1561. Outcomes of Resistant or Refractory CMV Infection in Recipients of Allogeneic Hematopoietic Cell Transplant
Session: Poster Abstract Session: Viruses and Bacteria in Immunocompromised Patients
Friday, October 5, 2018
Room: S Poster Hall
Background: Resistant or refractory CMV infections are not well defined and may be associated with high morbidity and mortality in allogeneic hematopoietic cell transplant (allo-HCT) recipients. Suspicion of resistant CMV infections is usually based on suboptimal responses to antiviral agents.

Methods: We performed a single center retrospective chart review (1/2010 to 9/2017) of Allo-HCT recipients who had CMV genotypic testing performed for suspected antiviral resistance. Based on the results, we categorized patients as either having refractory CMV (defined as CMV viremia that fails to decrease after at least 2 weeks of appropriately dosed and delivered antiviral therapy; and in the absence of known genetic mutations to the available antiviral agents) or resistant CMV infection (defined as refractory infection with identification of genetic mutations in the UL97 and/or UL54 genes correlating with in vitro antiviral resistance). Primary outcome was all-cause mortality.

Results: CMV genotypic resistance analysis was performed in 97 patients. Of those, 23 had resistant (11 had UL54 gene, 10 had UL 97 gene, and 2 had both UL 54 and 97) and 74 had refractory CMV infections. The majority of patients had AML (53%), underwent matched unrelated donor transplantation (43%), and received ATG during conditioning (64%). Patients with resistant CMV infections had a greater number of prior episodes when compared to those with refractory infections and had a longer time from transplant to suspicion of resistance (p < 0.01; each). Overall, the incidence of CMV disease was 41% (25% vs. 58% affecting the lungs and 56% vs. 17% the GI tract, in resistant vs. refractory infections, respectively). All-cause mortality was 57% (61% resistant vs. 55% refractory) and CMV-attributable mortality was 11% (9% resistant vs. 12% refractory).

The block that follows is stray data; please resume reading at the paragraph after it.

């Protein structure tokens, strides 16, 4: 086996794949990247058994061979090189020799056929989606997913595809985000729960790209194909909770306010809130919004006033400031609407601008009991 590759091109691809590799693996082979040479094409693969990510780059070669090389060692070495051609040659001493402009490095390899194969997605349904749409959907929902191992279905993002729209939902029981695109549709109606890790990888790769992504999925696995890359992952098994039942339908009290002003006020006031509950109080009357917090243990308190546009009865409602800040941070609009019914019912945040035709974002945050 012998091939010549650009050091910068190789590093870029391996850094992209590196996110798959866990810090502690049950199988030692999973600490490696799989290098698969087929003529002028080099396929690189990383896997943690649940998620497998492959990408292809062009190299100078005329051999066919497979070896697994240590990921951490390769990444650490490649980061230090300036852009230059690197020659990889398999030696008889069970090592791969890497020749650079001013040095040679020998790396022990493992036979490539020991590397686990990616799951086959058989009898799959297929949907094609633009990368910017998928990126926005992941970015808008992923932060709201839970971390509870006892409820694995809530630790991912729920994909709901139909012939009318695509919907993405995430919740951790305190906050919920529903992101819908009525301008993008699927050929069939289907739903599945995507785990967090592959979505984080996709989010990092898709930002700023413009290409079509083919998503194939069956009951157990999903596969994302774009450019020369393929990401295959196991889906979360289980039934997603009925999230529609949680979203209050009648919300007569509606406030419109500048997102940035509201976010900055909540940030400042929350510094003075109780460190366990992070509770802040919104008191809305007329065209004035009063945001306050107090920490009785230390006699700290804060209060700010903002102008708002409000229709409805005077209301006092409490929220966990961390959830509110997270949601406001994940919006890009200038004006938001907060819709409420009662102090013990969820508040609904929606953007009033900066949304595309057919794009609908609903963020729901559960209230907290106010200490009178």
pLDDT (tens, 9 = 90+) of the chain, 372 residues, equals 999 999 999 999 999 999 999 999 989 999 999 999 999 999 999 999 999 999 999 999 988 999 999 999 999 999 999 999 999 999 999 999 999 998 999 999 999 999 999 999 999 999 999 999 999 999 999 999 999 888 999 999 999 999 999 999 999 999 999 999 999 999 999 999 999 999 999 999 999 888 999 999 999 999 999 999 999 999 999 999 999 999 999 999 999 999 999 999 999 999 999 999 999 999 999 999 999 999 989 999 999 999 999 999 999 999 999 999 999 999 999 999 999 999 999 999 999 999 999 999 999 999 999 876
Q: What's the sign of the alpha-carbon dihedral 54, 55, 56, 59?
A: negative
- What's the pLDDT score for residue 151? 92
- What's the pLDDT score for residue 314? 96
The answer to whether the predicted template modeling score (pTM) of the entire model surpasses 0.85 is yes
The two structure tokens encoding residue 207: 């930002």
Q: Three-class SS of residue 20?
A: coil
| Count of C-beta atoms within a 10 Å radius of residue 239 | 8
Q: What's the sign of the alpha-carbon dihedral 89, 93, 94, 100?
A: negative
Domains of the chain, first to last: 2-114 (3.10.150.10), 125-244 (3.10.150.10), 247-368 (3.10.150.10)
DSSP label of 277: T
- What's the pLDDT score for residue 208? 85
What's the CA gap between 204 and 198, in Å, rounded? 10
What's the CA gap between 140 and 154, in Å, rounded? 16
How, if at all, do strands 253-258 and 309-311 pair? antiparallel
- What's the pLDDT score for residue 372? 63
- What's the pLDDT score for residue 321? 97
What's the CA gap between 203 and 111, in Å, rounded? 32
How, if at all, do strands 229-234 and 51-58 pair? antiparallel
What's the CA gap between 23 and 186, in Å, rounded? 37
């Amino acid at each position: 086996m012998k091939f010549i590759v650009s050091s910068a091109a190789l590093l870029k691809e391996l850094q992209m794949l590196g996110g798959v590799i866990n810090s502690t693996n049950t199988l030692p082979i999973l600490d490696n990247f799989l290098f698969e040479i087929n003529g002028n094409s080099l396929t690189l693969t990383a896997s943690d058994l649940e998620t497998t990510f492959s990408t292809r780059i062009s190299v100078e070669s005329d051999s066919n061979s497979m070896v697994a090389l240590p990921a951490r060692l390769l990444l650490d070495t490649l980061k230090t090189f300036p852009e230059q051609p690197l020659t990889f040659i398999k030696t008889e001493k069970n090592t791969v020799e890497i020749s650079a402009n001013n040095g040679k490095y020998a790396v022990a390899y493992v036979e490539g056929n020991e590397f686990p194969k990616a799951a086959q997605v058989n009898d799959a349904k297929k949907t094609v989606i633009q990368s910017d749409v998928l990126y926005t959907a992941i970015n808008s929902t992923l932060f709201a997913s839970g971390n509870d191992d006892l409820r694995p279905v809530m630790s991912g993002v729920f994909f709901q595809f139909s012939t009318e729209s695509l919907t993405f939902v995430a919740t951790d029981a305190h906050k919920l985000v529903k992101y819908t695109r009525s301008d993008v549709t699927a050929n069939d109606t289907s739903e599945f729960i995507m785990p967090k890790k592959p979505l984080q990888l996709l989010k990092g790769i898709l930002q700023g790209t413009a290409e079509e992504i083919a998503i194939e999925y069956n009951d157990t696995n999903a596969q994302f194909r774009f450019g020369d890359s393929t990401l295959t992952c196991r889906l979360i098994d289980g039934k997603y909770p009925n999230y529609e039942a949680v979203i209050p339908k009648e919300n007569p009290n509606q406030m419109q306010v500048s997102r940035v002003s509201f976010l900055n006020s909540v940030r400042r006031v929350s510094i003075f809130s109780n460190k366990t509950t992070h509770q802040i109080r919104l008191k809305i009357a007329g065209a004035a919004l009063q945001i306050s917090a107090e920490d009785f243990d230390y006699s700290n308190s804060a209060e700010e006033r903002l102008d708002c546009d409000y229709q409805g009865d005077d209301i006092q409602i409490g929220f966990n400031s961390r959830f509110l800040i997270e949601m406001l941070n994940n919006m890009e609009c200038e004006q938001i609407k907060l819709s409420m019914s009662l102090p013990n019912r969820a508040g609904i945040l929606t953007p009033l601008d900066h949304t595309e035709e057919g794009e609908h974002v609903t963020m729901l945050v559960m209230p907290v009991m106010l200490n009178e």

Conclusion: Our data showed that resistant CMV infections are associated with a higher rate of CMV disease. However, both resistant and refractory CMV infections had increased all-cause mortality and similar CMV-attributable mortality. There was no difference in outcomes between allo-HCT recipients who had resistant or refractory CMV infections. New treatment strategies for resistant or refractory CMV infections are needed.

Annette Artau, MD1, Samuel L. Aitken, PharmD2, Marjorie Batista, MD, PhD1, Firas El Chaer, MD3, Amrita Prayag, MD1, Lynn El Haddad, PhD1, Victor Mulanovich, MD1, Ella Ariza-Heredia, MD4 and Roy Chemaly, MD, MPH1, (1)The University of Texas MD Anderson Cancer Center, Houston, TX, (2)Division of Pharmacy, The University of Texas MD Anderson Cancer Center, Houston, TX, (3)University of Maryland Greenebaum Cancer Center, Baltimore, MD, (4)Infectious Diseases, Infection Control and Employee Health, The University of Texas MD Anderson Cancer Center, Houston, TX


A. Artau, None

S. L. Aitken, Merck: Speaker's Bureau , Consulting fee .

M. Batista, None

F. El Chaer, None

A. Prayag, None

L. El Haddad, None

V. Mulanovich, None

E. Ariza-Heredia, Oxford Immunotec: Grant Investigator , Research grant .

R. Chemaly, Merck: Consultant , Research grant . Chimerix: Consultant , Research grant . Novartis: Investigator , Research grant . Oxford Immunotec: Consultant , Research grant .

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